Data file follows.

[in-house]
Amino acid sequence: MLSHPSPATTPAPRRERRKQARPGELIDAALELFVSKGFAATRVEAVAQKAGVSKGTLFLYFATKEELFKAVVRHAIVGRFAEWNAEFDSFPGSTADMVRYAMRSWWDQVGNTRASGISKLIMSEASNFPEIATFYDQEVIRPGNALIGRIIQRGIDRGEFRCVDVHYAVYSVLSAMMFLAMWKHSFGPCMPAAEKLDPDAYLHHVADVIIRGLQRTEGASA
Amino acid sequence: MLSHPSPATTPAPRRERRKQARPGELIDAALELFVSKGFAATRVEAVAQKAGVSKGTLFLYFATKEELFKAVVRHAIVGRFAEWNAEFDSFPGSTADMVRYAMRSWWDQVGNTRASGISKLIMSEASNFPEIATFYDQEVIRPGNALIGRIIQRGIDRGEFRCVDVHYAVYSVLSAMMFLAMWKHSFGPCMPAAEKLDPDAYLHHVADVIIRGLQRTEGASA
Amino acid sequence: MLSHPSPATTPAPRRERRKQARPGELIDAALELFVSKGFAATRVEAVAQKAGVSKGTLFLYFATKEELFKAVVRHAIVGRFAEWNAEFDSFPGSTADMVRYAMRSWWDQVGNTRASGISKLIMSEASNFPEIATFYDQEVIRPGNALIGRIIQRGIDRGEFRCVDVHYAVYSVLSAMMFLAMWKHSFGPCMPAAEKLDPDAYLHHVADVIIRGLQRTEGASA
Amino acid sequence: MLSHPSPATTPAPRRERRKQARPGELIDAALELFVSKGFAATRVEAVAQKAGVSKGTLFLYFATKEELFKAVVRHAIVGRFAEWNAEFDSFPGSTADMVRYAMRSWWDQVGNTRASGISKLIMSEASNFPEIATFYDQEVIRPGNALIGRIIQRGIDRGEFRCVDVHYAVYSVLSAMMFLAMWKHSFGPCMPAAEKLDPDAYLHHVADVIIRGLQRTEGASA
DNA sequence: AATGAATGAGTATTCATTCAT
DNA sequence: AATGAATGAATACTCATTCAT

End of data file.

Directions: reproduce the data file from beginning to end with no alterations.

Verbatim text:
[in-house]
Amino acid sequence: MLSHPSPATTPAPRRERRKQARPGELIDAALELFVSKGFAATRVEAVAQKAGVSKGTLFLYFATKEELFKAVVRHAIVGRFAEWNAEFDSFPGSTADMVRYAMRSWWDQVGNTRASGISKLIMSEASNFPEIATFYDQEVIRPGNALIGRIIQRGIDRGEFRCVDVHYAVYSVLSAMMFLAMWKHSFGPCMPAAEKLDPDAYLHHVADVIIRGLQRTEGASA
Amino acid sequence: MLSHPSPATTPAPRRERRKQARPGELIDAALELFVSKGFAATRVEAVAQKAGVSKGTLFLYFATKEELFKAVVRHAIVGRFAEWNAEFDSFPGSTADMVRYAMRSWWDQVGNTRASGISKLIMSEASNFPEIATFYDQEVIRPGNALIGRIIQRGIDRGEFRCVDVHYAVYSVLSAMMFLAMWKHSFGPCMPAAEKLDPDAYLHHVADVIIRGLQRTEGASA
Amino acid sequence: MLSHPSPATTPAPRRERRKQARPGELIDAALELFVSKGFAATRVEAVAQKAGVSKGTLFLYFATKEELFKAVVRHAIVGRFAEWNAEFDSFPGSTADMVRYAMRSWWDQVGNTRASGISKLIMSEASNFPEIATFYDQEVIRPGNALIGRIIQRGIDRGEFRCVDVHYAVYSVLSAMMFLAMWKHSFGPCMPAAEKLDPDAYLHHVADVIIRGLQRTEGASA
Amino acid sequence: MLSHPSPATTPAPRRERRKQARPGELIDAALELFVSKGFAATRVEAVAQKAGVSKGTLFLYFATKEELFKAVVRHAIVGRFAEWNAEFDSFPGSTADMVRYAMRSWWDQVGNTRASGISKLIMSEASNFPEIATFYDQEVIRPGNALIGRIIQRGIDRGEFRCVDVHYAVYSVLSAMMFLAMWKHSFGPCMPAAEKLDPDAYLHHVADVIIRGLQRTEGASA
DNA sequence: AATGAATGAGTATTCATTCAT
DNA sequence: AATGAATGAATACTCATTCAT